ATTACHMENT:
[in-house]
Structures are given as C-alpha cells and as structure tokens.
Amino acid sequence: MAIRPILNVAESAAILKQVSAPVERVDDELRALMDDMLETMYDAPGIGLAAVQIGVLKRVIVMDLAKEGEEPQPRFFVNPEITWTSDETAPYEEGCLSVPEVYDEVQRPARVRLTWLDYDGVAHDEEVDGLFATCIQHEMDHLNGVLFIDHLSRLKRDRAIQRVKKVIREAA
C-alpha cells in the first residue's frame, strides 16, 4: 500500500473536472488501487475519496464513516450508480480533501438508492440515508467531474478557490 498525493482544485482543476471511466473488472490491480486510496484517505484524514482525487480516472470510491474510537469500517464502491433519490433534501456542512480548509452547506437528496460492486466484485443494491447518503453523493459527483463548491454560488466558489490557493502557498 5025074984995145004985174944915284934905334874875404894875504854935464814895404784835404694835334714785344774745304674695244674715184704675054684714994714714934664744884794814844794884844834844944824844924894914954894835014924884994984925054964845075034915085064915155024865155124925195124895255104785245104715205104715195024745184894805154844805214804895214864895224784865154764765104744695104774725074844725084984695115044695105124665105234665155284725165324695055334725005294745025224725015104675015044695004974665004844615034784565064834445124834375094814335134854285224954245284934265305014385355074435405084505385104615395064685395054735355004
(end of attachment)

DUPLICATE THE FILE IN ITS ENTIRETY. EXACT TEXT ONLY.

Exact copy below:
[in-house]
Structures are given as C-alpha cells and as structure tokens.
Amino acid sequence: MAIRPILNVAESAAILKQVSAPVERVDDELRALMDDMLETMYDAPGIGLAAVQIGVLKRVIVMDLAKEGEEPQPRFFVNPEITWTSDETAPYEEGCLSVPEVYDEVQRPARVRLTWLDYDGVAHDEEVDGLFATCIQHEMDHLNGVLFIDHLSRLKRDRAIQRVKKVIREAA
C-alpha cells in the first residue's frame, strides 16, 4: 500500500473536472488501487475519496464513516450508480480533501438508492440515508467531474478557490 498525493482544485482543476471511466473488472490491480486510496484517505484524514482525487480516472470510491474510537469500517464502491433519490433534501456542512480548509452547506437528496460492486466484485443494491447518503453523493459527483463548491454560488466558489490557493502557498 5025074984995145004985174944915284934905334874875404894875504854935464814895404784835404694835334714785344774745304674695244674715184704675054684714994714714934664744884794814844794884844834844944824844924894914954894835014924884994984925054964845075034915085064915155024865155124925195124895255104785245104715205104715195024745184894805154844805214804895214864895224784865154764765104744695104774725074844725084984695115044695105124665105234665155284725165324695055334725005294745025224725015104675015044695004974665004844615034784565064834445124834375094814335134854285224954245284934265305014385355074435405084505385104615395064685395054735355004